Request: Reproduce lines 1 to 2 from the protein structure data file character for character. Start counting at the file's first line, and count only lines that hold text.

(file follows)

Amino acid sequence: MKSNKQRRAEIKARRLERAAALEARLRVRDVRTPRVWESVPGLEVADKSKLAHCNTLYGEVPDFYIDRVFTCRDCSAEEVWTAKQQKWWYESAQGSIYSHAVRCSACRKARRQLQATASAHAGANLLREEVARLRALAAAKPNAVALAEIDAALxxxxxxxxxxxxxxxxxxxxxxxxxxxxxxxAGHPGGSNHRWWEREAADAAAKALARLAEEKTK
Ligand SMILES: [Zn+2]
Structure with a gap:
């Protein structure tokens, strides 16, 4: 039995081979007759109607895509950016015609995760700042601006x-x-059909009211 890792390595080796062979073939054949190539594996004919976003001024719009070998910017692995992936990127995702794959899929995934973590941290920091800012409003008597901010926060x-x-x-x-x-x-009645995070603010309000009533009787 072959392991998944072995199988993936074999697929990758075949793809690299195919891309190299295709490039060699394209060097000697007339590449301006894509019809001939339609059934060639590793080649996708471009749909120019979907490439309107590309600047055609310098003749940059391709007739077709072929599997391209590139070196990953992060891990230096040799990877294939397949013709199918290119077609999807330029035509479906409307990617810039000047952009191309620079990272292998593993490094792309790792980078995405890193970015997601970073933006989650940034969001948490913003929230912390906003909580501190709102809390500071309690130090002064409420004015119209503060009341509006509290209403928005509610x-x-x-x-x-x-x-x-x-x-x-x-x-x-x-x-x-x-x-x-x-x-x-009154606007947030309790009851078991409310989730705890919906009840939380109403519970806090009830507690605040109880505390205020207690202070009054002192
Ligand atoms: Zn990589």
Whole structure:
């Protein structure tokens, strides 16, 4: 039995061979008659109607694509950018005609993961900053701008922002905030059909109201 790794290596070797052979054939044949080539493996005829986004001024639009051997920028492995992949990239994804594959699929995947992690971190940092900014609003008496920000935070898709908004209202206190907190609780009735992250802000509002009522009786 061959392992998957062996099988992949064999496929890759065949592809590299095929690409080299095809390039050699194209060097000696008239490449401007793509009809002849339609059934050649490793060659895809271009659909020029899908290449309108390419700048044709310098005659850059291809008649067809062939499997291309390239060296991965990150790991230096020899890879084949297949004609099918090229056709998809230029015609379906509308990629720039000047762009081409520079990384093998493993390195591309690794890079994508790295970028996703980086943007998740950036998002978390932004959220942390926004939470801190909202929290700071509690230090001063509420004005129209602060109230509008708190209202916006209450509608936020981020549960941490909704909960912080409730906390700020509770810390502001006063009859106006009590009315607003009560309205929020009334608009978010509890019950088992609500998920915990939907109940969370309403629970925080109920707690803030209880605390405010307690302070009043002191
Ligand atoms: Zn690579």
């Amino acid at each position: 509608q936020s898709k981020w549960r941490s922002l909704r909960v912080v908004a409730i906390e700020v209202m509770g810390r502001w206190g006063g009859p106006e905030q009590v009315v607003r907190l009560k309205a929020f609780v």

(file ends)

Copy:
Amino acid sequence: MKSNKQRRAEIKARRLERAAALEARLRVRDVRTPRVWESVPGLEVADKSKLAHCNTLYGEVPDFYIDRVFTCRDCSAEEVWTAKQQKWWYESAQGSIYSHAVRCSACRKARRQLQATASAHAGANLLREEVARLRALAAAKPNAVALAEIDAALxxxxxxxxxxxxxxxxxxxxxxxxxxxxxxxAGHPGGSNHRWWEREAADAAAKALARLAEEKTK
Ligand SMILES: [Zn+2]